Most Indians fighting for IS based in Raqqa: Moideen

NEW DELHI: Islamic State group’s fighter Subahani Haja Moideen, an Indian who trained in Iraq in 2015 and met some of the Paris attackers, has informed Indian intelligence agencies that most youngsters from India who joined IS are based in the Syrian city of Raqqa, the de-facto capital of the self-proclaimed caliphate.

Based on his interaction with another IS senior member from India, who he was in touch with regularly during his five-month stay in Mosul last year, Moideen came to the conclusion that most Indian recruits are in Raqqa. Intelligence agencies are trying to verify his claims as their assessment suggests many Indians, including 22 from Kerala, are fighting for the IS in Afghanistan.

More than 60 Indians are said to have joined the Abu Bakr al-Baghdadi-led terrorist organisation since 2014 and some have been killed in the war there. An estimated 7,000 to 10,000 IS fighters are based in Raqqa while other IS fighters and their families are moving to Raqqa with Iraqi forces pushing them out of Mosul and nearby areas. US and allied forces are presently preparing to march to retake the oil rich Raqqa from the IS.

Top government officials say Moideen, the most battle-hardened recruit from India, has provided interesting details about life of an IS fighter inside its territory.

TOI accessed exclusive details of his interrogation. Moideen claims that once a foreign fighter, like him, reaches IS territory in Iraq or Syria, he is kept in a group of other foreign fighters — in his case numbering 22-25.

Moideen says he entered Iraq from the Turkish city of Urfa by cutting a barb wire at the border along with other fighters from Jordan, Germany, Europe, UK, France, Lebanon, Pakistan and Afghanistan, who were travelling with their families, in April 2015.

From there, they were taken to Tel Abaid town of Syria where they were kept in small houses. “We were given food twice a day — once before 10 am and second meal after sunset.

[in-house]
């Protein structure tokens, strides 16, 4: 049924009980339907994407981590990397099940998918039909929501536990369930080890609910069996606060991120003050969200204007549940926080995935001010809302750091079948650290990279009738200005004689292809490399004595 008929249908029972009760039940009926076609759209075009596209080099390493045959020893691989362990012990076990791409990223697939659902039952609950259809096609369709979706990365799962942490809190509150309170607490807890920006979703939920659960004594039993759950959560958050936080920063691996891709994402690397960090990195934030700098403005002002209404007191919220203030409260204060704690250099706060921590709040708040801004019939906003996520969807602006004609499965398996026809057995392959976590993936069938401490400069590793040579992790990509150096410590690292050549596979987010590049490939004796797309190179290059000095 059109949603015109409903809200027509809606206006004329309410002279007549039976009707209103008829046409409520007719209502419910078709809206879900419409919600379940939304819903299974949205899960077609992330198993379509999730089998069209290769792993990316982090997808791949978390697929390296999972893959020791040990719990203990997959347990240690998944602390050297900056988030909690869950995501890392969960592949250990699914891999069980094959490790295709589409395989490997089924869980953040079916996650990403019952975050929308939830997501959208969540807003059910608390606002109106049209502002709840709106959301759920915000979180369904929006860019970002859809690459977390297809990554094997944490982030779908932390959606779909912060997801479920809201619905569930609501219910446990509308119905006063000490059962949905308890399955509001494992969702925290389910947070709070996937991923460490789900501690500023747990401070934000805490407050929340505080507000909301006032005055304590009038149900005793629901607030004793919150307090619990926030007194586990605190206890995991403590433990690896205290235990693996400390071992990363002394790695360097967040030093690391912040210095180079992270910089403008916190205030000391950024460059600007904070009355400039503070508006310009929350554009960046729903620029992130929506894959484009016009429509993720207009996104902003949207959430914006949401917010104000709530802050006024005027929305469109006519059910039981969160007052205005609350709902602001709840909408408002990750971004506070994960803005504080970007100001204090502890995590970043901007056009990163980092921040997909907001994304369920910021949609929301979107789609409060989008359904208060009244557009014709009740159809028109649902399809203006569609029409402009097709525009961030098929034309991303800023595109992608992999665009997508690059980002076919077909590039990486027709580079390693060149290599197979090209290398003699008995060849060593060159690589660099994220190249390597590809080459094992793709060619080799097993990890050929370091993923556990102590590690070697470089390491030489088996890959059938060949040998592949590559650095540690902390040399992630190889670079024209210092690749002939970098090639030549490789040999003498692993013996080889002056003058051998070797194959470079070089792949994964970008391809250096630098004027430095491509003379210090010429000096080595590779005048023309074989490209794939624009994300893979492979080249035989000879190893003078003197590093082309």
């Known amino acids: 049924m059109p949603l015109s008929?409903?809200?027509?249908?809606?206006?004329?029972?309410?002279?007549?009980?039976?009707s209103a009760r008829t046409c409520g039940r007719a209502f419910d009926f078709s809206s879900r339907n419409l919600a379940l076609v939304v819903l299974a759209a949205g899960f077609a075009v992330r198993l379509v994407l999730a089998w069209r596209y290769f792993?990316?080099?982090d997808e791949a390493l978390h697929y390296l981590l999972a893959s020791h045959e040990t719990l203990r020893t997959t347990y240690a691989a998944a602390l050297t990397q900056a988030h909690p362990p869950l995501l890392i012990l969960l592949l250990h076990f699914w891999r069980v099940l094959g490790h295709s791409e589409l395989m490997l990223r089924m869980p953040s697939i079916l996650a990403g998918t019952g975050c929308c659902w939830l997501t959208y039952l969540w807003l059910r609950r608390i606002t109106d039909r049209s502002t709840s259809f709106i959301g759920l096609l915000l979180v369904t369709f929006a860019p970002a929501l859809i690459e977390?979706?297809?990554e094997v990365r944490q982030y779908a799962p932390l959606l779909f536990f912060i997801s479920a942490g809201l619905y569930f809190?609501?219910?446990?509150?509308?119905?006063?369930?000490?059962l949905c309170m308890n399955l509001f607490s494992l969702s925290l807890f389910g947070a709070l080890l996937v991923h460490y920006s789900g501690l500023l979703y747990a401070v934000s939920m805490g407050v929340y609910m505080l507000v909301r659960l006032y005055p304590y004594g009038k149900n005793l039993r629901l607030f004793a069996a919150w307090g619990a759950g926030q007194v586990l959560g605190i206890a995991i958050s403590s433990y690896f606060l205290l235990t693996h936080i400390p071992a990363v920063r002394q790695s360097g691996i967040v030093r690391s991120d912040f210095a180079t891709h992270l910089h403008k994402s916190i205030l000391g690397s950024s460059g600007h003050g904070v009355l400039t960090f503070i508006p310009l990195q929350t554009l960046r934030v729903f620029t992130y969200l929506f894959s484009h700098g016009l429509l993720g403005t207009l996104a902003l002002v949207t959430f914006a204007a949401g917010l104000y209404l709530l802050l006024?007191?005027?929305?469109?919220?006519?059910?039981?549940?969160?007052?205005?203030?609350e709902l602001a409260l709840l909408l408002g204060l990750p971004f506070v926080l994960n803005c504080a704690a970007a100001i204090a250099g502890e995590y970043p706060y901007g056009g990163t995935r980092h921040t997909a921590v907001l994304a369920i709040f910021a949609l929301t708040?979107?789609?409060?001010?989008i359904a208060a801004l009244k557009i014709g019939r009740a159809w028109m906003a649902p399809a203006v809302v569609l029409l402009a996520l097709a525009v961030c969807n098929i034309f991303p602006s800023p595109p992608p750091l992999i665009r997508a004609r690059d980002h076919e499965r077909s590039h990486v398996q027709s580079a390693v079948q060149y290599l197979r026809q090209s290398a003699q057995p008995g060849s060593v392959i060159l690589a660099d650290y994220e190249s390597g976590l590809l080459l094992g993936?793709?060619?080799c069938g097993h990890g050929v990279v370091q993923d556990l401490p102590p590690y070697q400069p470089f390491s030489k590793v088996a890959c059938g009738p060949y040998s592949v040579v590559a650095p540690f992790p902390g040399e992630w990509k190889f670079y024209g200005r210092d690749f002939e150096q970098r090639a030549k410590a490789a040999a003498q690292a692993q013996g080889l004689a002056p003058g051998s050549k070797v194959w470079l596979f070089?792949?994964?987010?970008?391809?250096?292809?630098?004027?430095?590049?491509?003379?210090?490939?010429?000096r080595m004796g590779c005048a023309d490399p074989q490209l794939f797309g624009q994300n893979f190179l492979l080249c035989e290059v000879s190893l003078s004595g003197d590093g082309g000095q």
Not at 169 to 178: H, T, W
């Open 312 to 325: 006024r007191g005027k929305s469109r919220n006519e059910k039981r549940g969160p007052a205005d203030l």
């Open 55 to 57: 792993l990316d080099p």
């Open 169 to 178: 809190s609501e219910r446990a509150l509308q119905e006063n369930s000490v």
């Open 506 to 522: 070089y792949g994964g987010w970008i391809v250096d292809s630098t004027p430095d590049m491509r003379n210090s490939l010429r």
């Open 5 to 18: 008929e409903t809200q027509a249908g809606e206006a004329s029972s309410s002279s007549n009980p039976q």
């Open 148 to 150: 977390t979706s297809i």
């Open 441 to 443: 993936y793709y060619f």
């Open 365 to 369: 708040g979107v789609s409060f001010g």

The day usually began very early in the morning when we pray, and then do exercise. After that we have to attend the two hours religious class everyday which is taken in Arabic and also translated in English,” Moideen says.

After the religious class every day, three senior IS members delivered the ‘baith’ (oath) of loyalty to recruits, six at a time, in the name of Al Baghdadi. The classes are held only for a couple of weeks.

After that, the men were taken to Mosul to the IS’ military training camp. Moideen was kept in a group named Umar Ibnu Khatab Khatiba, headed by a French national with the given name of Abu Suleiman Al-Francisi.

His group, as first reported by TOI, also had Pakistani national and former Lashkar-e-Taiba veteran bomb maker Mohammad Ghani Usman, arrested from Austria earlier this year and charged for Paris attacks 2015.

The arms training is extensive which covers learning how to use AK rifles, grenades, rocket launchers and even war tactics. The fighters, Moideen says, practice stripping and assembling weapons, most of which are dummies.